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Issue 5 Number 10 October 2013
A few months ago, I wrote an article for this newsletter about the effect of implicit conversions on SQL Server performance. I was disappointed by the lack of interest in this topic. No one sent comments or feedback. Only a few people clicked on any of the links.
Still I think that implicit conversion is important enough to try again. This time I will provide examples to hopefully make the article a more interesting read.
I had two great successes this month in solving critical performance issues quickly. In both cases, performance was so bad that the applications hitting the database were unusable. Both solutions involved identifying and solving implicit conversion problems. We will describe these successes later in the article but we will start with a common problem I often see in the course of my consulting work.
Almost every developer of database applications knows that they must guard against SQL injection in their code. They often choose to use prepared sql statements instead of ad hoc or dynamic sql. Often they use the procedure sp_executesql to execute prepared sql. This is a very good idea in terms of protecting your database from hackers, but it does have a dark side.
Sp_executesql takes parameters. The first parameter is the sql code to be executed with place markers for other parameters. The other parameters contain the values to be substituted for the markers, usually into the WHERE clause of the sql code.
The conversion problem arises because all string parameters sent to sp_executesql must be Unicode values. If the column referenced by the string parameter is a varchar then SQL Server has to perform an implicit conversion on the column data in order to compare the values. This makes it unlikely that an index on that column can be used.
When a substantial amount of your code is written in this way, it can add up to a performance disaster. Unfortunately, this problem is often discovered only after the application has been finished and released. Sometimes the only practical solution then is to convert your string data to Unicode. The side effect of that is that your database becomes about 80% larger with no additional data in it.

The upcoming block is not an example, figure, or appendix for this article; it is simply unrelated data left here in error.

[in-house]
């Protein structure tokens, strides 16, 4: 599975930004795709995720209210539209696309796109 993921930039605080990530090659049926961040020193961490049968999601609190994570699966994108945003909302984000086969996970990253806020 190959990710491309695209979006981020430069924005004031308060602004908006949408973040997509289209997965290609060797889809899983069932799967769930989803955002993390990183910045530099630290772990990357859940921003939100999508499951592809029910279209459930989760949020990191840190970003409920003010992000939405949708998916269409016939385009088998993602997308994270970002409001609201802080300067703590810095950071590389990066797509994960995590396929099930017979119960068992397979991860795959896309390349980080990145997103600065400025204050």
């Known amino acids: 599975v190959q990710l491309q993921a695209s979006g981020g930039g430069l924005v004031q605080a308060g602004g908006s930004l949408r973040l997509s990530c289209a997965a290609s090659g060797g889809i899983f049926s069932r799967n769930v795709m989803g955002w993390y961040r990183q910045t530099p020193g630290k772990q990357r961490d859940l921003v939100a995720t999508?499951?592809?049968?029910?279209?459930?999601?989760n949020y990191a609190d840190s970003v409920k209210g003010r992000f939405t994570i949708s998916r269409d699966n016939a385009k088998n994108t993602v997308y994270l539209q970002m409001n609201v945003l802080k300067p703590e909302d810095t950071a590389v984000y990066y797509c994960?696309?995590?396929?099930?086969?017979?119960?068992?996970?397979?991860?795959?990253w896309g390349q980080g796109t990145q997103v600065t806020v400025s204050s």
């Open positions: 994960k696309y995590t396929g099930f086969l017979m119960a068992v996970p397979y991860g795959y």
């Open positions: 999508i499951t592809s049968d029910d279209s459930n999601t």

I will spare readers my usual rant about forcing the use of Unicode where it is not necessary. Also I will not mention how incredibly stupid Microsoft has been in not giving sp_executesql a switch that would allow developers to use varchar strings as well as unicode.
But enough discussion of stupidities, let’s talk about the successes this past month.
My client ported a Java\Oracle application to a SQL Server database. Performance was terrible so they gave me a call. I found huge amounts of blocking, deadlocking and query timeouts. After wandering around in the dark for a while, it dawned on me that the text columns in the database were all varchars. I looked around and found that the JDBC database driver was parameterizing code in much the same way that sp_executesql does. Also, like sp_executesql, it was sending the string parameters as Unicode and incurring the implicit conversion.
Fortunately, unlike sp_executesql, there is a connection parameter in Java called SendStringParametersAsUnicode which defaults to ‘true’. Flipping that switch to ‘false’ allows varchar characters to be sent as parameters without incurring the implicit conversion.
That changed everything. The application is running like a dream and that client is very happy. It only took one tiny change to solve a severe problem.
A longtime client of mine rolled out a new version of their SAAS application. Despite all the testing that was done, when the database was hit by the tremendous impact of thousands of concurrent users, the wheels came off. CPU was hovering around 100%, queries were timing out and my client’s biggest customer had issued an ultimatum. If it wasn’t fixed by Monday, he would cancel the contract.
They gave me a call. Coming off of one success, I was still thinking about implicit conversion as a possible cause, but it took some time to find it. It turned out that someone had erroneously created an ID column as a varchar instead of an integer. This was in the busiest table in the application.
A lot of the critical code in the application was written to reference this ID as it would an integer value. The resulting implicit conversion changed a simple one row retrieval into a full scan of a multi-million row table. This code was executing several times per second and that sent the database into a tailspin.
It proved easier to convert the ID column to an integer than to change all the code that referenced it. So these guys who had been going without sleep for a day or two stayed up all night once more doing the conversion on millions of rows. Later that night I got a call saying that after the changes the cpu was now averaging about 3%, down from 100% and everything was working well.
The examples show that the effect of implicit conversion can be severe. Anyone responsible for SQL Server performance needs to be aware of it. Both of the development teams involved in these episodes are very professional and are among the best teams that I work with. This illustrates the fact that the problem of implicit conversions is little known, even by the experts.Tweet This Article.
I hope this information has been helpful to you. I would appreciate any feedback you can give me about this article or recommend future articles you would like to see. If you enjoyed reading this article, you might like to receive this monthly newsletter via Twitter. If so, follow me.
As always, if you have questions or comments give me a call at 503.914.6442 or send me email.
Kurt Survance, SQL Consulting, Inc.
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